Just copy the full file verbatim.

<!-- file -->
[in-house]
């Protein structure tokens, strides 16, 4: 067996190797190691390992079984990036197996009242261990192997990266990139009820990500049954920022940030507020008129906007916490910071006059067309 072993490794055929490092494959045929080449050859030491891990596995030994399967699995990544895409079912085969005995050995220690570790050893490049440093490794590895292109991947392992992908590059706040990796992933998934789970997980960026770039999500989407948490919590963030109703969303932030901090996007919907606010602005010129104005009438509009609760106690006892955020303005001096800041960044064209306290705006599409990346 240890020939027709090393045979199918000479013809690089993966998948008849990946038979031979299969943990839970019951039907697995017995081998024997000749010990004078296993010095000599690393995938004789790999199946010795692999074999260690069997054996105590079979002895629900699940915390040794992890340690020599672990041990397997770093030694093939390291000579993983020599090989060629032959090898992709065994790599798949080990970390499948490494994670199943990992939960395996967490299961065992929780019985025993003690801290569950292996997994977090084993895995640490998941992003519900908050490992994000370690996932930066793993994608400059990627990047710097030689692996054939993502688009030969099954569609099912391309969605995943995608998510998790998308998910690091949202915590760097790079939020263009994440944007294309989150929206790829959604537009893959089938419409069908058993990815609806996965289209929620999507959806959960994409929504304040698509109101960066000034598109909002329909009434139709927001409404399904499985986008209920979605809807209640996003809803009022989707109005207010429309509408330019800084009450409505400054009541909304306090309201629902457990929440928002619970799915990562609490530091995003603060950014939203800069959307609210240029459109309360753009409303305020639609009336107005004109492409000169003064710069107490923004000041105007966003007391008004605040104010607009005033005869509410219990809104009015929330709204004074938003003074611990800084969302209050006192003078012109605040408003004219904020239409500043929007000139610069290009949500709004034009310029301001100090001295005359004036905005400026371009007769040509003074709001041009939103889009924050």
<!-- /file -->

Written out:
[in-house]
């Protein structure tokens, strides 16, 4: 067996190797190691390992079984990036197996009242261990192997990266990139009820990500049954920022940030507020008129906007916490910071006059067309 072993490794055929490092494959045929080449050859030491891990596995030994399967699995990544895409079912085969005995050995220690570790050893490049440093490794590895292109991947392992992908590059706040990796992933998934789970997980960026770039999500989407948490919590963030109703969303932030901090996007919907606010602005010129104005009438509009609760106690006892955020303005001096800041960044064209306290705006599409990346 240890020939027709090393045979199918000479013809690089993966998948008849990946038979031979299969943990839970019951039907697995017995081998024997000749010990004078296993010095000599690393995938004789790999199946010795692999074999260690069997054996105590079979002895629900699940915390040794992890340690020599672990041990397997770093030694093939390291000579993983020599090989060629032959090898992709065994790599798949080990970390499948490494994670199943990992939960395996967490299961065992929780019985025993003690801290569950292996997994977090084993895995640490998941992003519900908050490992994000370690996932930066793993994608400059990627990047710097030689692996054939993502688009030969099954569609099912391309969605995943995608998510998790998308998910690091949202915590760097790079939020263009994440944007294309989150929206790829959604537009893959089938419409069908058993990815609806996965289209929620999507959806959960994409929504304040698509109101960066000034598109909002329909009434139709927001409404399904499985986008209920979605809807209640996003809803009022989707109005207010429309509408330019800084009450409505400054009541909304306090309201629902457990929440928002619970799915990562609490530091995003603060950014939203800069959307609210240029459109309360753009409303305020639609009336107005004109492409000169003064710069107490923004000041105007966003007391008004605040104010607009005033005869509410219990809104009015929330709204004074938003003074611990800084969302209050006192003078012109605040408003004219904020239409500043929007000139610069290009949500709004034009310029301001100090001295005359004036905005400026371009007769040509003074709001041009939103889009924050």